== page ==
This article explores the various considerations and topics relating to staying in and visiting Hotels with personal firearms and especially concealed firearms.
Jump Directly To A Section:
- What Laws Allow or Prohibit Guns in Hotels
- Policies of the Major US Hotel Chains
- Securing The Firearm in the Room
- Beware Bars in Lobbies
- Stairs, Elevators, Doorways, and Hallways
- Instances Where Guns Were Left/Found in Hotels
What Laws Allow Or Prohibit Guns in Hotels?
Very few states have specific laws about firearms in Hotels. I looked hard and these are the only restrictions I can find:
- Idaho (39-1805), Iowa, Maine, Maryland, Minnesota, Missouri, Rhode Island, and South Carolina have laws that allow that “an innkeeper may refuse to provide lodging or services to or may remove from a lodging establishment an individual who: the innkeeper reasonably believes possesses property that may be dangerous to other individuals, such as firearms or explosives.” The wording may vary by state but you get the idea. This allows only that the hotel can remove you from the property.
- Montana law prohibits an innkeeper or hotelkeeper from evicting a guest because of firearm possession.
- Wisconsin law prohibits handguns from hotels but the prohibition doesn't apply to individuals licensed to carry a concealed weapon if the licensee is not consuming alcohol.
If you know of one I'm missing please mention it in the comments below.
Now, hotels are private property and state laws generally to some degree allow or empower private property owners to determine and enforce any restrictions they choose. Meaning, that individual hotels have the legal authority to restrict or prohibit firearms on their property. Depending on the state where the hotel is located; to violate one of these restrictions may be a criminal act.
Policies of the Major US Hotel Chains
In searching the internet for firearm policies from hotels I mostly came up short. I found a few old forums where someone had posted an email they received from Marriott that indicated Marriott doesn't allow firearms in any of their hotels but not only was that all I could find it also turned out to be contrary to what Marriott told me. So I personally contacted each of the below brands and am including the response I received from their corporate team.
In many cases, individual hotels may have their own policies outside of or beyond the below corporate policies.
IHG Hotels Gun Policy (Holiday Inn, Crowne Plaza, Avid, Staybridge, Candlewood, Hotel Indigio, EVEN Hotels, Kimptom, Hualuxe, Intercontinental Hotels & Resorts,
IHG does not have a system-wide policy regarding the ability to carry firearms on property at IHG branded hotels. Rather, we believe this decision is a local one that rests with our franchisees, the overwhelming majority of which do not have policies prohibiting firearms at their hotels. In those specific instances, a guest would be advised of this policy during the reservation process. (Email received Aug 8th 2018)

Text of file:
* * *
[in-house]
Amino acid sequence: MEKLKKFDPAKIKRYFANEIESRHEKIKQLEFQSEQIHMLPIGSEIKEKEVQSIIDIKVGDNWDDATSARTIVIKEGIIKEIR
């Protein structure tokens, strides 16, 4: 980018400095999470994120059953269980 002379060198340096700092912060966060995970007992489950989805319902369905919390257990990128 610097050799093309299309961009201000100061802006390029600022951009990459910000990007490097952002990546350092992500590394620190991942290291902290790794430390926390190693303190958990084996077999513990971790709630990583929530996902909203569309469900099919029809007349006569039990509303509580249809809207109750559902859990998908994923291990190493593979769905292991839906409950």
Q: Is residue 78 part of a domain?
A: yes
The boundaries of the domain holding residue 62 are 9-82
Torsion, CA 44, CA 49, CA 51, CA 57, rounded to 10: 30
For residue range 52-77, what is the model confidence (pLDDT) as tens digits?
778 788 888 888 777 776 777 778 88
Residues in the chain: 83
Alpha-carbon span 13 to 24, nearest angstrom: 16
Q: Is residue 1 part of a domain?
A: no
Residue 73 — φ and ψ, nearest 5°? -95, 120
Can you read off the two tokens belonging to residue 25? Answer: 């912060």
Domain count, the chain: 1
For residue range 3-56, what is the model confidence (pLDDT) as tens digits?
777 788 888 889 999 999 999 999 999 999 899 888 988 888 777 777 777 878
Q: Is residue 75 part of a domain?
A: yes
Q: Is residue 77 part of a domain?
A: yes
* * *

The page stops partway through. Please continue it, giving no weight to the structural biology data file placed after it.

Choice Hotels Gun Policy (Comfort Inn, Comfort Suites, Quality Inn, Sleep Inn, Clarion, Cambria Hotels, MainStay Suites, Suburban, Econo Lodge, Rodeway Inn)
Our hotels are individually owned and operated and required to comply with state, local and federal laws. Each hotel develops their own policies and procedures. (Email received Aug 3rd 2018)
Marriott Gun Policy (Marriott, Ritz-Carlton, Renaissance, Delta Hotels, Autograph Collection, Courtyard, Springhill Suites, Fairfield, Towneplace Suites, Protea Hotels, Starwood, Stregis, The Luxury Collection, Westin, Sheraton, Meriden, Tribute Portfolio, Design Hotels, aloft, Four Points, Moxy, Galord Hotels)
Marriott's policy is to comply with national, state and local laws or regulations governing firearms in the communities where we operate. Where it is legal to carry firearms, our hotels generally allow guests to bring guns into the hotel, unless special circumstances merit an exception. Where carrying firearms is unlawful, it is of course unlawful to carry guns into our hotels. Where it is unlawful to carry a gun because alcohol is being served, we will post such restrictions if we are required to do so by law. (Email received Aug 3rd 2018)
Hilton Gun Policy (Waldorf Astoria, Conrad Hotels, Canopy, Hilton, Curio, DoubleTree, Tapestry Collection, Embassy Suites, Hilton Garden Inn, Hampton, Tru, Homewood Suites, Home2)
I tried various ways to reach Hilton to inquire about their policy. If they ever do end up getting back to me I will insert it here. Until then I will assume that the email being shared on various gun forums is accurate and true. It states that Hilton Hotels do not allow anyone to possess firearms in any of their hotels.
Also, Woodspring Hotels are clearly anti-gun and will “eject guests for having any firearm regardless of license.”
There are plenty of other hotels and properties that aren't part of one of the above brands. I really can't contact them all but you can always call and ask if they have a policy before you book.
Other Considerations In Picking A Hotel
Please consider the following when making hotel reservations:
- Select a hotel with electronic locks. These locks are generally changed with every stay so it's unlikely there is a duplicate key to the room.
- Make sure the hotel rooms have a deadbolt and peephole on the door.
- Check guest rooms and the lobby for smoke detectors and fire sprinklers.
- Select a hotel with limited outside entrances.
- Ensure hotel personnel are trained in guest security.
- Be sure the hotel is not located in an area with a high crime rate. Check city statistics before making a reservation.
- Ensure the parking lot is well lit. 13% of crime at hotels are car break-ins.
Please consider the following when choosing a hotel room: